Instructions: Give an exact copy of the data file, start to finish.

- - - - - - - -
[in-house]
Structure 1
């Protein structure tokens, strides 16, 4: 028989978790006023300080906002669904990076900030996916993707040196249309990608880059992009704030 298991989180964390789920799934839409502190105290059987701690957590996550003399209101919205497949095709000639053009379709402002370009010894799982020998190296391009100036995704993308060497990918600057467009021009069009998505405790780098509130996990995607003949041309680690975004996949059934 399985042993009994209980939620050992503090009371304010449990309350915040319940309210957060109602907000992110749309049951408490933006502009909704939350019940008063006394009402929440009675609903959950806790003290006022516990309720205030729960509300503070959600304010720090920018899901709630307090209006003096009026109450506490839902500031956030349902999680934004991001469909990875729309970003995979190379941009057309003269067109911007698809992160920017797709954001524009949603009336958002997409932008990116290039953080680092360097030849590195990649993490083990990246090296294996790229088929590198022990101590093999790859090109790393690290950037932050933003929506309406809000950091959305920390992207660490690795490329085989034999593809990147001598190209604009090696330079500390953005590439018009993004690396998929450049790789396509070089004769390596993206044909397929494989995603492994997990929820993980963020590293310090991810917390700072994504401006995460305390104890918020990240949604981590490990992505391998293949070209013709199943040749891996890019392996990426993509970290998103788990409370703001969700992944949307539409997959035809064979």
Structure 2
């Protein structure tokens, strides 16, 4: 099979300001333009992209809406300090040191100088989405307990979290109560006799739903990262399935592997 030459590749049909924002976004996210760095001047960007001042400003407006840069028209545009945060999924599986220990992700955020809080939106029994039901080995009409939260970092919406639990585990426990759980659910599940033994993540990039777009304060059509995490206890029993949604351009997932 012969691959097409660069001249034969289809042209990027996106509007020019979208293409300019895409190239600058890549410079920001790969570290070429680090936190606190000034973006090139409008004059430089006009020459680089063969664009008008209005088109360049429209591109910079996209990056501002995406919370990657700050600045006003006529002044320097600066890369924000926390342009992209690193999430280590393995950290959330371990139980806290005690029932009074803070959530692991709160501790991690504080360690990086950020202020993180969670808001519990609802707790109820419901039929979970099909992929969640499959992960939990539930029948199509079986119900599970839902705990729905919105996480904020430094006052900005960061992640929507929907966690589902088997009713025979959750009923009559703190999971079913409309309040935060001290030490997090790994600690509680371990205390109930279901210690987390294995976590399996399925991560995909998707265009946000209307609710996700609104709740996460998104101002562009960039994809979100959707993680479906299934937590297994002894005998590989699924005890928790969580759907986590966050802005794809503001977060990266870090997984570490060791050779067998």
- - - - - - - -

[in-house]
Structure 1
């Protein structure tokens, strides 16, 4: 028989978790006023300080906002669904990076900030996916993707040196249309990608880059992009704030 298991989180964390789920799934839409502190105290059987701690957590996550003399209101919205497949095709000639053009379709402002370009010894799982020998190296391009100036995704993308060497990918600057467009021009069009998505405790780098509130996990995607003949041309680690975004996949059934 399985042993009994209980939620050992503090009371304010449990309350915040319940309210957060109602907000992110749309049951408490933006502009909704939350019940008063006394009402929440009675609903959950806790003290006022516990309720205030729960509300503070959600304010720090920018899901709630307090209006003096009026109450506490839902500031956030349902999680934004991001469909990875729309970003995979190379941009057309003269067109911007698809992160920017797709954001524009949603009336958002997409932008990116290039953080680092360097030849590195990649993490083990990246090296294996790229088929590198022990101590093999790859090109790393690290950037932050933003929506309406809000950091959305920390992207660490690795490329085989034999593809990147001598190209604009090696330079500390953005590439018009993004690396998929450049790789396509070089004769390596993206044909397929494989995603492994997990929820993980963020590293310090991810917390700072994504401006995460305390104890918020990240949604981590490990992505391998293949070209013709199943040749891996890019392996990426993509970290998103788990409370703001969700992944949307539409997959035809064979």
Structure 2
């Protein structure tokens, strides 16, 4: 099979300001333009992209809406300090040191100088989405307990979290109560006799739903990262399935592997 030459590749049909924002976004996210760095001047960007001042400003407006840069028209545009945060999924599986220990992700955020809080939106029994039901080995009409939260970092919406639990585990426990759980659910599940033994993540990039777009304060059509995490206890029993949604351009997932 012969691959097409660069001249034969289809042209990027996106509007020019979208293409300019895409190239600058890549410079920001790969570290070429680090936190606190000034973006090139409008004059430089006009020459680089063969664009008008209005088109360049429209591109910079996209990056501002995406919370990657700050600045006003006529002044320097600066890369924000926390342009992209690193999430280590393995950290959330371990139980806290005690029932009074803070959530692991709160501790991690504080360690990086950020202020993180969670808001519990609802707790109820419901039929979970099909992929969640499959992960939990539930029948199509079986119900599970839902705990729905919105996480904020430094006052900005960061992640929507929907966690589902088997009713025979959750009923009559703190999971079913409309309040935060001290030490997090790994600690509680371990205390109930279901210690987390294995976590399996399925991560995909998707265009946000209307609710996700609104709740996460998104101002562009960039994809979100959707993680479906299934937590297994002894005998590989699924005890928790969580759907986590966050802005794809503001977060990266870090997984570490060791050779067998």